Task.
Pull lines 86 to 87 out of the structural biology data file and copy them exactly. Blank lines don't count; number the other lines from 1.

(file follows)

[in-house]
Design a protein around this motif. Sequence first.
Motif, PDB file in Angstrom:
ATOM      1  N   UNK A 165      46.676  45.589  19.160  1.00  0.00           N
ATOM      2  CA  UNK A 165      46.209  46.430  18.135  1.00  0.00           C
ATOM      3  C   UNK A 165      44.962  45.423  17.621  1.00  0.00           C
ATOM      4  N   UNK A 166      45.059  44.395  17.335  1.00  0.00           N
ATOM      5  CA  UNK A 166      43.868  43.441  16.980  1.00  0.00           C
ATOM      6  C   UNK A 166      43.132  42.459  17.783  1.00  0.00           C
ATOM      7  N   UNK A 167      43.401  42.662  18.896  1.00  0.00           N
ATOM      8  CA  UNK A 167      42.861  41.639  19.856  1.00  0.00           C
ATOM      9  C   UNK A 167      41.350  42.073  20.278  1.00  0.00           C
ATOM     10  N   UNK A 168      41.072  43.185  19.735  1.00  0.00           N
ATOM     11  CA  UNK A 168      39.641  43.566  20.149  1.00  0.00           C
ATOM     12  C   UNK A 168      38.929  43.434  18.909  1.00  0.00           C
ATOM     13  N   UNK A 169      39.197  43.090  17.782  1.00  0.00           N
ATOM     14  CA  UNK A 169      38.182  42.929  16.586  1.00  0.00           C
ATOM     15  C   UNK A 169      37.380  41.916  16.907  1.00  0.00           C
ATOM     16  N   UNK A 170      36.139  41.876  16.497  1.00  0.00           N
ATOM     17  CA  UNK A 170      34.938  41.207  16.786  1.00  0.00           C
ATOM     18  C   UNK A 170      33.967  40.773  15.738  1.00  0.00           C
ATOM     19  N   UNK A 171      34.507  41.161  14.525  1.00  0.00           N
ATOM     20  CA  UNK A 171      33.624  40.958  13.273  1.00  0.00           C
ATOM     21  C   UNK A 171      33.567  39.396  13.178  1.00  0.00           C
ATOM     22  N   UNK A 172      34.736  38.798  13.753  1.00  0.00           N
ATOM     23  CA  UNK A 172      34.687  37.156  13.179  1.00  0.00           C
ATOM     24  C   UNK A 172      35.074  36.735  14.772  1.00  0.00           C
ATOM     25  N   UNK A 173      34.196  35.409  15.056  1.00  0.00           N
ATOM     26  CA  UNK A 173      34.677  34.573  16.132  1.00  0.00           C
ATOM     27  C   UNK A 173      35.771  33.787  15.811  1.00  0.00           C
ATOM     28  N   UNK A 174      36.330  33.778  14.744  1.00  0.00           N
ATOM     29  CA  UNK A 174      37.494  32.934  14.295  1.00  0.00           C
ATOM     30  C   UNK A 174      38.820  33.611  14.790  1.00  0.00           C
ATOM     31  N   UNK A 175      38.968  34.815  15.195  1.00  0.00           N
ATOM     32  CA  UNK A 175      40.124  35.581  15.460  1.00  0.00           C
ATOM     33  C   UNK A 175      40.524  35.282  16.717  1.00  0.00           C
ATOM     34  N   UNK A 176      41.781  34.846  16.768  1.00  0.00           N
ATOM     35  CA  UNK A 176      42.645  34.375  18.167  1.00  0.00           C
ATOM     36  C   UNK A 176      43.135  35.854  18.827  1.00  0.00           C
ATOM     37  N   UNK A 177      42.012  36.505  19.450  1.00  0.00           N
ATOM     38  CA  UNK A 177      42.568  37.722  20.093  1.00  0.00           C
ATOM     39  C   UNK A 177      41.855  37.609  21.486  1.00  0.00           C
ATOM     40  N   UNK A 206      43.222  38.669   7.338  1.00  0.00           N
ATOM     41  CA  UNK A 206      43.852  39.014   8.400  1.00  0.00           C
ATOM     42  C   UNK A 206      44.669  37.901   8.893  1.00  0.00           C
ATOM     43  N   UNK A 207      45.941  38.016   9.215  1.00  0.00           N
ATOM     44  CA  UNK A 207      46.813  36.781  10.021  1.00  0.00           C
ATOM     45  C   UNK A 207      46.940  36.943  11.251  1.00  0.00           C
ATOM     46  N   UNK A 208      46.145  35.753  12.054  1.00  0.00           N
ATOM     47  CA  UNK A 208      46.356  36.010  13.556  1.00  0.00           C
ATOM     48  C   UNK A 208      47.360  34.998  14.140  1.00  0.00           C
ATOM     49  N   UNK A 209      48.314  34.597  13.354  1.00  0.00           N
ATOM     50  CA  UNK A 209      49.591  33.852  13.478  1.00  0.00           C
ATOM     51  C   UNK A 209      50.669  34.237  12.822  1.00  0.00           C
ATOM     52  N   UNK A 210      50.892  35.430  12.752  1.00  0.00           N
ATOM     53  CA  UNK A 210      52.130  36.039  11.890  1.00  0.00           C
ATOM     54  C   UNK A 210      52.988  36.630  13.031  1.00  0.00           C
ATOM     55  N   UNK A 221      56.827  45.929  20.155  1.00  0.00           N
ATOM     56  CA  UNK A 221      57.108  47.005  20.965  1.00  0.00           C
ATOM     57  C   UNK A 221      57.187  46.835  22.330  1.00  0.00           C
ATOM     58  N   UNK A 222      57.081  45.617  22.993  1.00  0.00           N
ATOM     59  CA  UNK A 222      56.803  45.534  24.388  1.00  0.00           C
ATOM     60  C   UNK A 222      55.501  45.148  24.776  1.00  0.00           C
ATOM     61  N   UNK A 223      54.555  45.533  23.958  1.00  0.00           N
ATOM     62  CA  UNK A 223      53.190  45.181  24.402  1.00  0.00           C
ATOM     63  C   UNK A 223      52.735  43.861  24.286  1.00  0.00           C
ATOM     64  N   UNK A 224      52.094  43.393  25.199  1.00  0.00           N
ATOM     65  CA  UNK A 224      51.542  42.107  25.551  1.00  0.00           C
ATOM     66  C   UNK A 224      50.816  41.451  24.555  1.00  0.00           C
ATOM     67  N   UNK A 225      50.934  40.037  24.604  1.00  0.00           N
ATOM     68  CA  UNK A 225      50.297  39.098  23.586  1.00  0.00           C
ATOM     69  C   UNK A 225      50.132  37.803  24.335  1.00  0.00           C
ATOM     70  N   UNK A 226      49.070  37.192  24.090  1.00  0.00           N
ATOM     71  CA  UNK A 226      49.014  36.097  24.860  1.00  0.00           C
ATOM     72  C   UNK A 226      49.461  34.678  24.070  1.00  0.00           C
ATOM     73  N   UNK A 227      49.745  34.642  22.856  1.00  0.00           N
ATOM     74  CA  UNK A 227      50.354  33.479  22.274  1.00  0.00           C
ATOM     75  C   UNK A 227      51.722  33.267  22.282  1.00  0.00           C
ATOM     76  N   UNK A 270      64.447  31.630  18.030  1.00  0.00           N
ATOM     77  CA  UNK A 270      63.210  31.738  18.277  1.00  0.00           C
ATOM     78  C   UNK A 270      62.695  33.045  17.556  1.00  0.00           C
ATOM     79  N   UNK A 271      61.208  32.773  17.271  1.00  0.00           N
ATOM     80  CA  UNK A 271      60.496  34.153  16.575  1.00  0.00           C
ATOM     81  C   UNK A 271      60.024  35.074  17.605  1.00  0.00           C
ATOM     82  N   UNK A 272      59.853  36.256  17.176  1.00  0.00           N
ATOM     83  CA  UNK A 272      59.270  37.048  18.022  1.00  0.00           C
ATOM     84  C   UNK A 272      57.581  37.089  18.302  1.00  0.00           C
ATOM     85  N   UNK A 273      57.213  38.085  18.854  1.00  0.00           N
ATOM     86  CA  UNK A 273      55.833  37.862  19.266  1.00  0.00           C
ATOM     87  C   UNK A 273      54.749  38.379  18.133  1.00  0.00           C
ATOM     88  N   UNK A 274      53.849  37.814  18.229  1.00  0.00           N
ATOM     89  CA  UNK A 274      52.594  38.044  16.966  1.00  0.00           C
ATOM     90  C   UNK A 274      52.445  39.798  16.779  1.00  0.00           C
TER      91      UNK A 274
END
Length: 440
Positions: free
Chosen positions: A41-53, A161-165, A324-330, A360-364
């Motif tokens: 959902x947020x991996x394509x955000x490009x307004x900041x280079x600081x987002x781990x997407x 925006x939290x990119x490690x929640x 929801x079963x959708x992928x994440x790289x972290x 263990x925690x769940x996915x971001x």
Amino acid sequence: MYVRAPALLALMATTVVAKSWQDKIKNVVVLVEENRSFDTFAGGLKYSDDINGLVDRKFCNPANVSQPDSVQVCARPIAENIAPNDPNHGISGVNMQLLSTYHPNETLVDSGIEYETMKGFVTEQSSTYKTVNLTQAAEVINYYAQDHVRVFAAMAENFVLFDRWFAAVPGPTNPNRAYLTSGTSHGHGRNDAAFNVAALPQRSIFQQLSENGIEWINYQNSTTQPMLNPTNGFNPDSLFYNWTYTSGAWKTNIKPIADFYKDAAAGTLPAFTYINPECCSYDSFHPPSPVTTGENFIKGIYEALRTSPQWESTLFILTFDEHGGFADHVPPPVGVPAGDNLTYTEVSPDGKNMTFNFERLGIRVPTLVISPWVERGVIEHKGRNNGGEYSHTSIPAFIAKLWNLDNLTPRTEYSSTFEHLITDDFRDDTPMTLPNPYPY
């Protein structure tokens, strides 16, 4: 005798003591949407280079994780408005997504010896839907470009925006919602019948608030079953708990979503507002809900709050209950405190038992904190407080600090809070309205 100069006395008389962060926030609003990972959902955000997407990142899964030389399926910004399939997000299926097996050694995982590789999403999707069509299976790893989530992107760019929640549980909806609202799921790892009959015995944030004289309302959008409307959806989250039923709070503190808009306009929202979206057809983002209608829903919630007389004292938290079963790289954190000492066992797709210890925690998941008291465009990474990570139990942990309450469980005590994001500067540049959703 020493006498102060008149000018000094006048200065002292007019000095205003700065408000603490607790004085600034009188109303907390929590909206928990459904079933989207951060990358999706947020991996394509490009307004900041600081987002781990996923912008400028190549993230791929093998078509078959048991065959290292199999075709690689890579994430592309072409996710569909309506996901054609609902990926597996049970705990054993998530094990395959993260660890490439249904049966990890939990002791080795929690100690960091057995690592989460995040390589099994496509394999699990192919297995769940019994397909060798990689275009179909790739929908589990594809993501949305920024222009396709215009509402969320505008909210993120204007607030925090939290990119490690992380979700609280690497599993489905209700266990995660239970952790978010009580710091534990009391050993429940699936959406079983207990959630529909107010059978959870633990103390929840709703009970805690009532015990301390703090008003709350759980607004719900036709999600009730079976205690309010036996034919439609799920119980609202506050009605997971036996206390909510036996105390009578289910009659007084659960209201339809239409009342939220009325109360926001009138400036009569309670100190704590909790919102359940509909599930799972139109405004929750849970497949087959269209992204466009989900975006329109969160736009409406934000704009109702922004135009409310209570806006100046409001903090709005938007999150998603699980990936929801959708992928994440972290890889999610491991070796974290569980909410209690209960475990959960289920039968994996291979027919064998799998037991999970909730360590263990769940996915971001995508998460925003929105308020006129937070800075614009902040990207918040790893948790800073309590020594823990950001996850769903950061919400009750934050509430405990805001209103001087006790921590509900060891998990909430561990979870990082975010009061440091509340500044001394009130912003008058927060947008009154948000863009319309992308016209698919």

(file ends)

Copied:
ATOM     83  CA  UNK A 272      59.270  37.048  18.022  1.00  0.00           C
ATOM     84  C   UNK A 272      57.581  37.089  18.302  1.00  0.00           C